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Research Title:

Reconstructing the Distribution of Neanderthals and Modern Humans in Time and Space in Relation to Past Climate Change

Research Organization:

Team Leader
  • Minoru Yoneda, Professor,
    Chronology, Graduate School of Integrated Biosciences, The University of Tokyo
  • Ayako Abe-Ouchi, Associate Professor,
    Climate Dynamics, Climate Models, Atmosphere and Ocean Research Institute, The University of Tokyo
  • Takashi Oguchi, Professor,
    Geomorphology, GIS Architecture, Center for Spatial Information Science, The University of Tokyo
  • Hodaka Kawahata, Professor,
    Extraction of Paleoenvironmental Proxies, Graduate School of Integrated Biosciences, The University of Tokyo
  • Hirohisa Mori, Associate Professor,
    Geographic Information Engineering, Office for Virtual Resources, International Research Center for Japanese Studies
  • Yasuhisa Kondo, Associate Professor,
    Archaeology, Geo-Informatics, Informatics, Research Institute for Humanity and Nature
  • Yusuke Yokoyama, Associate Professor,
    Extraction of Paleoenvironmental Proxies, Atmosphere and Ocean Research Institute, The University of Tokyo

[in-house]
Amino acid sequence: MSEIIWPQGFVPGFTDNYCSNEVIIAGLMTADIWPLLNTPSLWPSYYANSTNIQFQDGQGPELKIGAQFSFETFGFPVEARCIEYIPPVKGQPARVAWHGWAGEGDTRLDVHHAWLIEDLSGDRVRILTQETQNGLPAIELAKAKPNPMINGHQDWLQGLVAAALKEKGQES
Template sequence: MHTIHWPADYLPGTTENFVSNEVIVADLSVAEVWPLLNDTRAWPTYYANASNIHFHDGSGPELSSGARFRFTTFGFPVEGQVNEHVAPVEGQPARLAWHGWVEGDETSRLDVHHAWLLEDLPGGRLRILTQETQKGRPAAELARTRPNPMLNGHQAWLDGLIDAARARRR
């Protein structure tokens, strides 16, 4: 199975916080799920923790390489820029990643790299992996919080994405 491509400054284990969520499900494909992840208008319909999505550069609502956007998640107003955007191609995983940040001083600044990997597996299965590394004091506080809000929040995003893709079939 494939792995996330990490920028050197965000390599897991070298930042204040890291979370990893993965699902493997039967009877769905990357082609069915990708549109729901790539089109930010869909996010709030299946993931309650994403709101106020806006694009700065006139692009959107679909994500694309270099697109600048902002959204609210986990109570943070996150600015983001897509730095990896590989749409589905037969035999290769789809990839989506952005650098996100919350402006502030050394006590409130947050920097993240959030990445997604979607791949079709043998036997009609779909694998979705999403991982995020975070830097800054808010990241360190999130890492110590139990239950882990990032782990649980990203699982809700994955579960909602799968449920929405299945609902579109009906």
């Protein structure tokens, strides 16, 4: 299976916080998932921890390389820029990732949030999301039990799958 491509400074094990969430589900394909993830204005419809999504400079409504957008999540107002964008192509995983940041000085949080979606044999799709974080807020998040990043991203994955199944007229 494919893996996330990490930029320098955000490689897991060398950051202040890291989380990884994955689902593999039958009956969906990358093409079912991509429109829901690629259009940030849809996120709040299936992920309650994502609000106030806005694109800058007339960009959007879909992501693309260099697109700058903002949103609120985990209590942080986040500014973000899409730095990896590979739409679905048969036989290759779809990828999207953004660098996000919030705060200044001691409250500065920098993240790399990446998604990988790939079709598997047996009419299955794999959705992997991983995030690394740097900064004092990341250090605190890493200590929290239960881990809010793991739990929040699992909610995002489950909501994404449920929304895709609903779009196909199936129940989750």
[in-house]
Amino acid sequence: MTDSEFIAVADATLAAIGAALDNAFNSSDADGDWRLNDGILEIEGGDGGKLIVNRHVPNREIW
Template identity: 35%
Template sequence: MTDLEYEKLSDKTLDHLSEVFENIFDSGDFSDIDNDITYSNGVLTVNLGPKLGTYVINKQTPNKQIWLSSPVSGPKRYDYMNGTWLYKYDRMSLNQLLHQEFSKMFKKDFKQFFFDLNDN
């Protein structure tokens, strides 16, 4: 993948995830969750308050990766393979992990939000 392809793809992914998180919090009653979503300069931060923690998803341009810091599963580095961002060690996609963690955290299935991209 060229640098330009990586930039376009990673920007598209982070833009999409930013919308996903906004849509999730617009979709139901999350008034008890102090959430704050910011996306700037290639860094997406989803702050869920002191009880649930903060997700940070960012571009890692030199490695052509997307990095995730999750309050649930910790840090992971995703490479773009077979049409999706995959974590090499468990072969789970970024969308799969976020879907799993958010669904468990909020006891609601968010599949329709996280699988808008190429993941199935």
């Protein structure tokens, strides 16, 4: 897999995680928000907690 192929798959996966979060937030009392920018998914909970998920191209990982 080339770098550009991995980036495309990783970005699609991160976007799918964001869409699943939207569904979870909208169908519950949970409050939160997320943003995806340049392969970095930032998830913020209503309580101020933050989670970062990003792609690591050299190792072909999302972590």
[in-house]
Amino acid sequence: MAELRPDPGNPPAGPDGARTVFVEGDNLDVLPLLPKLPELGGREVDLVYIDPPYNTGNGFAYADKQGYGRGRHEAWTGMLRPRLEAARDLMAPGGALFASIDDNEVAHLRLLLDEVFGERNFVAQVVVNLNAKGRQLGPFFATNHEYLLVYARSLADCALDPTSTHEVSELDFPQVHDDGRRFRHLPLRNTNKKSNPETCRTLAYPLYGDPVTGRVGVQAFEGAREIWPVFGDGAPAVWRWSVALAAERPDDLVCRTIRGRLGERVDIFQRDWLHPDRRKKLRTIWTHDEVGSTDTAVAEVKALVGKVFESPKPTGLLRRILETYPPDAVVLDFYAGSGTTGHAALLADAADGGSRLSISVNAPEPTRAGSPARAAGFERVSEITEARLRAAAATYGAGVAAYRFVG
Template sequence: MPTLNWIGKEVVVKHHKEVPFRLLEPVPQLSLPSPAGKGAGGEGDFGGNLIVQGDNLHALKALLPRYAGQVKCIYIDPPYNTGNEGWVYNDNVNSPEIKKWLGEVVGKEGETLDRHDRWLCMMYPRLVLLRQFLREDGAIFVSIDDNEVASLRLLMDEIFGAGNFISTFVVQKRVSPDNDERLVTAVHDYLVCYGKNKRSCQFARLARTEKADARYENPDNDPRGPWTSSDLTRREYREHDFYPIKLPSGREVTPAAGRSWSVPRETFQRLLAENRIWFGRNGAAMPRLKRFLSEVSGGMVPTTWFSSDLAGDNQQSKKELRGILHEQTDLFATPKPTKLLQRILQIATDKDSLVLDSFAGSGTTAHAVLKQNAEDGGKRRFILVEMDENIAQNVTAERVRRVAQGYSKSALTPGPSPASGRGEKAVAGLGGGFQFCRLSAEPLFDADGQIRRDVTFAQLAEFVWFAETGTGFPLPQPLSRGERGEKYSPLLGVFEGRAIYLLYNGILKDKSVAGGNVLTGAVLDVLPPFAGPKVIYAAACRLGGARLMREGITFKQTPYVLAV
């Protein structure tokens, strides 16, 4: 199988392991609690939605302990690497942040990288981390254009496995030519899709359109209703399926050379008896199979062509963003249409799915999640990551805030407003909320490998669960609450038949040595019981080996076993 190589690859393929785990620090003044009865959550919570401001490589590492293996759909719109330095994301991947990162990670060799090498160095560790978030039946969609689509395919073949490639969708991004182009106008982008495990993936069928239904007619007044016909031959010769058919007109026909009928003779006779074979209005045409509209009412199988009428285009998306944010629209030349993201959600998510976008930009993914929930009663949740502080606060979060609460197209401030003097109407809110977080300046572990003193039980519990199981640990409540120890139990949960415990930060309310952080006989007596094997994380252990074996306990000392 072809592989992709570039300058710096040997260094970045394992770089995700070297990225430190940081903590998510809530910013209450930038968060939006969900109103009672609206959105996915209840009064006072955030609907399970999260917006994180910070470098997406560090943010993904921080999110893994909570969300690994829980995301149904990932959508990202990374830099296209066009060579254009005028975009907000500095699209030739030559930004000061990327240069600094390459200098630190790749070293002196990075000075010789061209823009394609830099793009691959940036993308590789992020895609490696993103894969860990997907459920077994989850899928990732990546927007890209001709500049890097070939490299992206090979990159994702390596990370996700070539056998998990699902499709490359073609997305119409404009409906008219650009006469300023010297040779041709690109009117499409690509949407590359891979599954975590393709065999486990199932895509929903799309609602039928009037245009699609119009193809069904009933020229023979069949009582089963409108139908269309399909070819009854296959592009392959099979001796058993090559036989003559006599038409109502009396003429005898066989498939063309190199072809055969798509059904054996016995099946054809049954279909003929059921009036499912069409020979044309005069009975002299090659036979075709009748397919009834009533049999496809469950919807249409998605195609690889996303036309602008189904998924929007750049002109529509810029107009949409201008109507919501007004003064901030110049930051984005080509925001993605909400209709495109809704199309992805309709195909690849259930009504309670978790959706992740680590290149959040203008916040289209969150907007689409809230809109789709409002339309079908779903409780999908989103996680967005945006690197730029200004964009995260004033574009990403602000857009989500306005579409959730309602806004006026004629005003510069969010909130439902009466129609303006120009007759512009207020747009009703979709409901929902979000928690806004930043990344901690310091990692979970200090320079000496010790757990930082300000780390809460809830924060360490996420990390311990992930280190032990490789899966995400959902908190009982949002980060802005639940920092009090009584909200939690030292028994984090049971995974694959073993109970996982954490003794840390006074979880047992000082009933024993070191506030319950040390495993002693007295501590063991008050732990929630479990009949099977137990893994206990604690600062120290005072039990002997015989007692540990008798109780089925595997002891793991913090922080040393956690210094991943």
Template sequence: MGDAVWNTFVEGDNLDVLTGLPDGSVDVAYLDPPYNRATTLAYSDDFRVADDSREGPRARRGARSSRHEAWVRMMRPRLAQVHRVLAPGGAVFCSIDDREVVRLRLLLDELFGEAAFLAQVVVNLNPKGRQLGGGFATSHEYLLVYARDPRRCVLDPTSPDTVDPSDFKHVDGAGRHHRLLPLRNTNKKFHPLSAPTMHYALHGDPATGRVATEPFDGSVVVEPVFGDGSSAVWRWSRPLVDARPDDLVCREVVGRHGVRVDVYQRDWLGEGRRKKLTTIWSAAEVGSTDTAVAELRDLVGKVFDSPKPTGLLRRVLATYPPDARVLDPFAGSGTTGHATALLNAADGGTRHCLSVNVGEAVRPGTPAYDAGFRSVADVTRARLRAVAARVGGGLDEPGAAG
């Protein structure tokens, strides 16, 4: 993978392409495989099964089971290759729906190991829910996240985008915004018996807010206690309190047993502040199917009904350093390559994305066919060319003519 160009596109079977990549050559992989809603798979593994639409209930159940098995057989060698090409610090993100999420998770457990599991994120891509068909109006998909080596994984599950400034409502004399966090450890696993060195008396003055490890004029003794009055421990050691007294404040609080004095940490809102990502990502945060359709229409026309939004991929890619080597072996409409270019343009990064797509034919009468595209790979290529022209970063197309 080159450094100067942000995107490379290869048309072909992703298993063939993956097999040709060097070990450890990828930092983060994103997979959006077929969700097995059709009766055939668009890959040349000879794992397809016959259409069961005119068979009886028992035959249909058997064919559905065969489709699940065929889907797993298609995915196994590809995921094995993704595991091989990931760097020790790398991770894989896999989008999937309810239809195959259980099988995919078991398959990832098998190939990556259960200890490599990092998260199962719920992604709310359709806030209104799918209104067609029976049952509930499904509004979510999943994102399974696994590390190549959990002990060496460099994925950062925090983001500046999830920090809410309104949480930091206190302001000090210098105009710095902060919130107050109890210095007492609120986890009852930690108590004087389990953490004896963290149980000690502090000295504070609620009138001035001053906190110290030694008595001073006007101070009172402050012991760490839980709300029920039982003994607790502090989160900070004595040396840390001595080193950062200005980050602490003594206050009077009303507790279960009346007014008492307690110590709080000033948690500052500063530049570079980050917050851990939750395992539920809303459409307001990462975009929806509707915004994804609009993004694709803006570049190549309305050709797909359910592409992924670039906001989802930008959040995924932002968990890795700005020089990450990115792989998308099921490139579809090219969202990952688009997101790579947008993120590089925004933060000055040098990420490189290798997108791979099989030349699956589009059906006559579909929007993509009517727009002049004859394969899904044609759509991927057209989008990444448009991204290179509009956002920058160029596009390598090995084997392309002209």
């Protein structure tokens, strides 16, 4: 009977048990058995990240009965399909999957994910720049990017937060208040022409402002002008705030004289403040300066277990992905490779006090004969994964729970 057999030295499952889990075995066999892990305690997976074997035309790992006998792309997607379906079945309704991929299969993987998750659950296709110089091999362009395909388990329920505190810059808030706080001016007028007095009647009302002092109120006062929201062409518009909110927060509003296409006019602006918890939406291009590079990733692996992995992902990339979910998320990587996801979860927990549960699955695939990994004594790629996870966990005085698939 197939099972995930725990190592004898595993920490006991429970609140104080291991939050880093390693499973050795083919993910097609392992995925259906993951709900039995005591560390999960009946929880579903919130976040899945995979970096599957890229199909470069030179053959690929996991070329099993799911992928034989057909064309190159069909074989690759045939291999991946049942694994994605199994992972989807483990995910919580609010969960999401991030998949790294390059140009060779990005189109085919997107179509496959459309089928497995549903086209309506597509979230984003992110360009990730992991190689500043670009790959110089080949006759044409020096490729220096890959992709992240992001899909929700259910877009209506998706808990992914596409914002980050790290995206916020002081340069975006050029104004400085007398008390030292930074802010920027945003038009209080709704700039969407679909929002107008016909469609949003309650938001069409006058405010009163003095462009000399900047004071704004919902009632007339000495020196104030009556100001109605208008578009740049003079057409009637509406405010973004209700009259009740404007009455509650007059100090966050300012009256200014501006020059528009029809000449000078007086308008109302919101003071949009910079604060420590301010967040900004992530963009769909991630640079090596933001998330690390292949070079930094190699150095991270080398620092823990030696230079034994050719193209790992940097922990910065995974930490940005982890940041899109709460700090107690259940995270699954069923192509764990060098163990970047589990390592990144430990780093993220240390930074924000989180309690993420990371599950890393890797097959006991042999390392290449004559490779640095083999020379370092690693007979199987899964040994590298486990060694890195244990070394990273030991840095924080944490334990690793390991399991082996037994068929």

• Stephen P. Obrochta, Associate Professor,
    Extraction of Paleoenvironmental Proxies, Facility of International Resources Sciences, Akita University
  • Wing-Le Chan, Project Researcher,
    Climate Dynamics, Climate Models, Atmosphere and Ocean Research Institute, The University of Tokyo
  • Takayuki Omori, Project Researcher,
    Chronology, Graduate School of Integrated Biosciences, The University of Tokyo
  • Wonsuh Song, Project Researcher,
    GIS Architecture, Center for Spatial Information Science, The University of Tokyo
Overseas Collaborators
  • Tezer M Esat,
    Australian Nuclear Science and Technology Organization (ANSTO) Australian National University, Australia
  • Masa Kageyama,
    Laboratoire des Sciences du Climat et de l'Environnement LSCE/IPSL - CEA-CNRS-UVSQCE Saclay, France
  • Gilles Ramstein,
    Laboratoire des Sciences du Climat et de l'Environnement, France
  • Enrico R. Crema,
    University College London, UK
Invited Researcher
  • Ryouta O’ishi, Project Researcher,
    Arctic Environmental Research Center, National Institute of Polar Research

Research Objectives